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Old 10-22-2013, 07:00 PM   #8
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I agree Jared,

I grew up in my dad's machine shop. While I don't have a certification I can run a manual lathe and milling machine better than most certified machinist now days. A couple summers ago my daughter and i striped my lathe down and completely rebuilt it from the ground up. I'm not a certified tool shop repairman either.

I do get rabbits point... but that's not to say that a regular Joe with a good skill set can't do the job just as well a a guy with a piece of paper. Sometimes better when he actually cares about how it turns out over a guy "just doing his job"

Ray
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Old 10-22-2013, 07:29 PM   #9
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I frankly don't care if you hire someone to do the work and that person's certified, or you choose to do it yourself and can do it well. We just ALL want you to be safe and enjoy your Burro for many, many trips.
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Old 10-22-2013, 08:55 PM   #10
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I wouldn't ask an rv installation mechanic to rebuild a South Bend or a Bridgeport. No doubt some of them would have the patience and focus to do so if you stood over them telling them how, telling them when, telling them how much and no more. Amazing how little respect we have for the other guy's training and experience. As the man said, if you got a man doing that job now, I'm certain I can do it.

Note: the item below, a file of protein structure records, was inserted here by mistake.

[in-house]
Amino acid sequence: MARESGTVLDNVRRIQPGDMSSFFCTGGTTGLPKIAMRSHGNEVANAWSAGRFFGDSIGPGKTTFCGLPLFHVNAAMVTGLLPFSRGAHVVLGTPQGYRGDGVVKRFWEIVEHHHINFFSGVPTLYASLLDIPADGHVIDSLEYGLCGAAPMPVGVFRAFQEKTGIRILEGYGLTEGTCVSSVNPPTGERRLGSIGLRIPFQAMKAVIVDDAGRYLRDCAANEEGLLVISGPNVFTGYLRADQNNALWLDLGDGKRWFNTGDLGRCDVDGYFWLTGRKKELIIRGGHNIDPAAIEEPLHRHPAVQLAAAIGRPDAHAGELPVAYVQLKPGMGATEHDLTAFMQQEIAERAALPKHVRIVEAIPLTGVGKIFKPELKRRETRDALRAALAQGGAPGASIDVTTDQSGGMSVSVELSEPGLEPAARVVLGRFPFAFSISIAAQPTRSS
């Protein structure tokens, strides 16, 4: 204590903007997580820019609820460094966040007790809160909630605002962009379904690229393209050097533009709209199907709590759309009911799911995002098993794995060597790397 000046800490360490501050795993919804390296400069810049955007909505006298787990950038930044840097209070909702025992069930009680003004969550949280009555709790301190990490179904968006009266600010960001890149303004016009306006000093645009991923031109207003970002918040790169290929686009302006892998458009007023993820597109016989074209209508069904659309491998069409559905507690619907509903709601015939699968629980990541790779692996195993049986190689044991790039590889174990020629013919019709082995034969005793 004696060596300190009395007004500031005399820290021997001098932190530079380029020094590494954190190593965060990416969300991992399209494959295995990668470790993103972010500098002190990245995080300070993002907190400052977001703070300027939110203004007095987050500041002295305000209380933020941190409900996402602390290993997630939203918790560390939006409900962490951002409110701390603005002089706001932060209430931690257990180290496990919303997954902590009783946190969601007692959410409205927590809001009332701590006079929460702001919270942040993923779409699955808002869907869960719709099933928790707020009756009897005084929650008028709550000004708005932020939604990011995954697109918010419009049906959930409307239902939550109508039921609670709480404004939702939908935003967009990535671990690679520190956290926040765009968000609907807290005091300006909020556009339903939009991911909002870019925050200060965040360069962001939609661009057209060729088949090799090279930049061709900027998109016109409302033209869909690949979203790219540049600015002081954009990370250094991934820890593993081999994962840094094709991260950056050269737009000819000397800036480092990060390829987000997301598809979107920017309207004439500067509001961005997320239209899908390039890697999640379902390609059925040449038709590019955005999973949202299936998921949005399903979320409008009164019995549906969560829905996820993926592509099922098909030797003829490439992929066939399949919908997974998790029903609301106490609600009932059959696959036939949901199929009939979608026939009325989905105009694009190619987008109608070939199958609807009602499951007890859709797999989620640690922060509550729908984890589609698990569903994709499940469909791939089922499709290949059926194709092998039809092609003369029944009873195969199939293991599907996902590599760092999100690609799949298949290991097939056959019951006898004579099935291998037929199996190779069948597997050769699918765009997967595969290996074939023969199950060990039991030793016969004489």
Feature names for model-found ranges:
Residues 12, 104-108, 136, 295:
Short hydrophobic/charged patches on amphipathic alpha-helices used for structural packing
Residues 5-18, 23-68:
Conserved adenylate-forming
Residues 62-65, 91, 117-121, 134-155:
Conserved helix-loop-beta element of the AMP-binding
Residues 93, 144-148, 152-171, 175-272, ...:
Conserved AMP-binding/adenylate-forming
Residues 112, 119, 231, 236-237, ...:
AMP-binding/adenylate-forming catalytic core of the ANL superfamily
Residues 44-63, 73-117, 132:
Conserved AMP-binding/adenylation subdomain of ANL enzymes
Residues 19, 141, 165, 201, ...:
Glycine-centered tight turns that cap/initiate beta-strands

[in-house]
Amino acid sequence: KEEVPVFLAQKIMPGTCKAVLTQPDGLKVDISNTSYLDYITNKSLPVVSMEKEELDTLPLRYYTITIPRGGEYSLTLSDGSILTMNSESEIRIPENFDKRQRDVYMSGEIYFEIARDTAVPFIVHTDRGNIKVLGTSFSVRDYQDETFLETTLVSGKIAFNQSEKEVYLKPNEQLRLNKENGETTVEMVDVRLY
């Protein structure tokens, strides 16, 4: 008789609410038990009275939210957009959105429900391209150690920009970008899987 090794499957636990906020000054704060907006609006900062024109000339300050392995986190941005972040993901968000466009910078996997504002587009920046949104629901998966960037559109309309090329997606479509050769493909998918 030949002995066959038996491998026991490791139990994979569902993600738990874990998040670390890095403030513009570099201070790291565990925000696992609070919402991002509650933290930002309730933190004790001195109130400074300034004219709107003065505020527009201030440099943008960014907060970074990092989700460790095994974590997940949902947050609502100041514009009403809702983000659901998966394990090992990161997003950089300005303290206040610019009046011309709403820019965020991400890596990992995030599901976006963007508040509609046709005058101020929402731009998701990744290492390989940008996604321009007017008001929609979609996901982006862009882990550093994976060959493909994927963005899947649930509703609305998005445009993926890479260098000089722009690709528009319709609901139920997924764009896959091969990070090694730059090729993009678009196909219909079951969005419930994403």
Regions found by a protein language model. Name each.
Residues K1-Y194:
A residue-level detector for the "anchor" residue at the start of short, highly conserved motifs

jack
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Old 10-22-2013, 09:06 PM   #11
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I have respect for the quality of work, not for the training, experience, or certifications. I'm not suggesting they don't take it to an rv tech, I'm just saying don't assume they know what they're doing solely because their shirt or a piece of paper says so.
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Old 10-22-2013, 09:11 PM   #12
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Seems to me, that if I know nothing, that I'm better off finding somebody with a piece of paper, than I would be holding a piece of paper in one hand and trying to do it myself.
At least that's my experience.
The knowing nothing part.
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Old 10-23-2013, 04:59 PM   #13
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Originally Posted by rabbit View Post
I doubt if anyone here is going to recommend the installation of propane fueled appliances by those who believe being "handy" is an adequate substitute for training and certification. If you must pursue this, Atwood and Suburban provides installation guidelines and dimensions of specific models and flue extenders in PDF form on the Internet.

jack
I recommend it! lol.
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Old 10-23-2013, 06:35 PM   #14
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Ice Is Good

When my 3 way fridge was temporarily caput, I put gallon size Ziploc bags with crushed ice in the fridge. Worked like a charm as a temporary fix. Ice lasted quite a long time.